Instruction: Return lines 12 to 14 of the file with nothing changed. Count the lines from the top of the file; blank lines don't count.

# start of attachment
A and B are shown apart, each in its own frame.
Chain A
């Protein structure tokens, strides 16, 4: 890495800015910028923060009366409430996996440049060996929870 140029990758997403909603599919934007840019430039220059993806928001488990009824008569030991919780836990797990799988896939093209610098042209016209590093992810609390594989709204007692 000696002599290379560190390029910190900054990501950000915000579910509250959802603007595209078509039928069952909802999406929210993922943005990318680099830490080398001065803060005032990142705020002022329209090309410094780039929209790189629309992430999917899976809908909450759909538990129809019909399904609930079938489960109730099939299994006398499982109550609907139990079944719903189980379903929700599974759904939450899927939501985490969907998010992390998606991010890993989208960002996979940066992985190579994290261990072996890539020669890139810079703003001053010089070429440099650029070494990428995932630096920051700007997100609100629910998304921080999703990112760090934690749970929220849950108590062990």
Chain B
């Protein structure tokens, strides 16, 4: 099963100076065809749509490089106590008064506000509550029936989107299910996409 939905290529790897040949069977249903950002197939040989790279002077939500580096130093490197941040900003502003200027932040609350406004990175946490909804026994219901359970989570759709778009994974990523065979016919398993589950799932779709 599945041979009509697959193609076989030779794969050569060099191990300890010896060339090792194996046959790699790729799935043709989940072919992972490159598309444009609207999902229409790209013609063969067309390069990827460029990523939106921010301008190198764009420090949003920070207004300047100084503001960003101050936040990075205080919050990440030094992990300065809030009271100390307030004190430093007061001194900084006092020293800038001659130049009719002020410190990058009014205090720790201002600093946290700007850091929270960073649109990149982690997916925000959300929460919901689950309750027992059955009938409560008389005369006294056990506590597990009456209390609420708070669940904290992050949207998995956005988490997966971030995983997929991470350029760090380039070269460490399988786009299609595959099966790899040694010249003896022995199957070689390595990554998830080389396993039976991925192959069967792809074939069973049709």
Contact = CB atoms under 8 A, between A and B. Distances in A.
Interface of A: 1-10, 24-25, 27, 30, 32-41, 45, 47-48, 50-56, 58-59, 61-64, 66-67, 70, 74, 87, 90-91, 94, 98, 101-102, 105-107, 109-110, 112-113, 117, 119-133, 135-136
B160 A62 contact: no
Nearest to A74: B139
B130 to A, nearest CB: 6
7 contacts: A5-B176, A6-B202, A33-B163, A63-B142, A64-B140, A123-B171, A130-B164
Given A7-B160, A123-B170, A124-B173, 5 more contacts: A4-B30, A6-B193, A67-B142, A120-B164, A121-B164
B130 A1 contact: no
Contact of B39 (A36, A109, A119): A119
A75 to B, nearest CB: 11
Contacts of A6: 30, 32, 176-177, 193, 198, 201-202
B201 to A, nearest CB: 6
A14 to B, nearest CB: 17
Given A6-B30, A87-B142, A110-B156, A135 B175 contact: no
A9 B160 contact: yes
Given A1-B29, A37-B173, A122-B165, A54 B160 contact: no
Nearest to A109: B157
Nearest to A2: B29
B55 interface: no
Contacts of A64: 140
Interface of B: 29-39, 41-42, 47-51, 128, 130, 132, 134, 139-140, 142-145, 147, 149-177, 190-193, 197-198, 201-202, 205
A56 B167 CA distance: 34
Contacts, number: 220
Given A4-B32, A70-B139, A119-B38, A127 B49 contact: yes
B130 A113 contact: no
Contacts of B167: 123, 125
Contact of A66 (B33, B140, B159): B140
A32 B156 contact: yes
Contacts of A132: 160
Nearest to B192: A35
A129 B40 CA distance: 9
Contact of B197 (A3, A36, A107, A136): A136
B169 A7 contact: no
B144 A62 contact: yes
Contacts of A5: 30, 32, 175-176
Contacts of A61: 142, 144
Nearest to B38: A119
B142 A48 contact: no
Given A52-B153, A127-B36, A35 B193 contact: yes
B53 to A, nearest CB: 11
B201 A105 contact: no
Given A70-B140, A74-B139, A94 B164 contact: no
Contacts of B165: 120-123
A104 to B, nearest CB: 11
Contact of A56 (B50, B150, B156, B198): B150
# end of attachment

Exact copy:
Given A7-B160, A123-B170, A124-B173, 5 more contacts: A4-B30, A6-B193, A67-B142, A120-B164, A121-B164
B130 A1 contact: no
Contact of B39 (A36, A109, A119): A119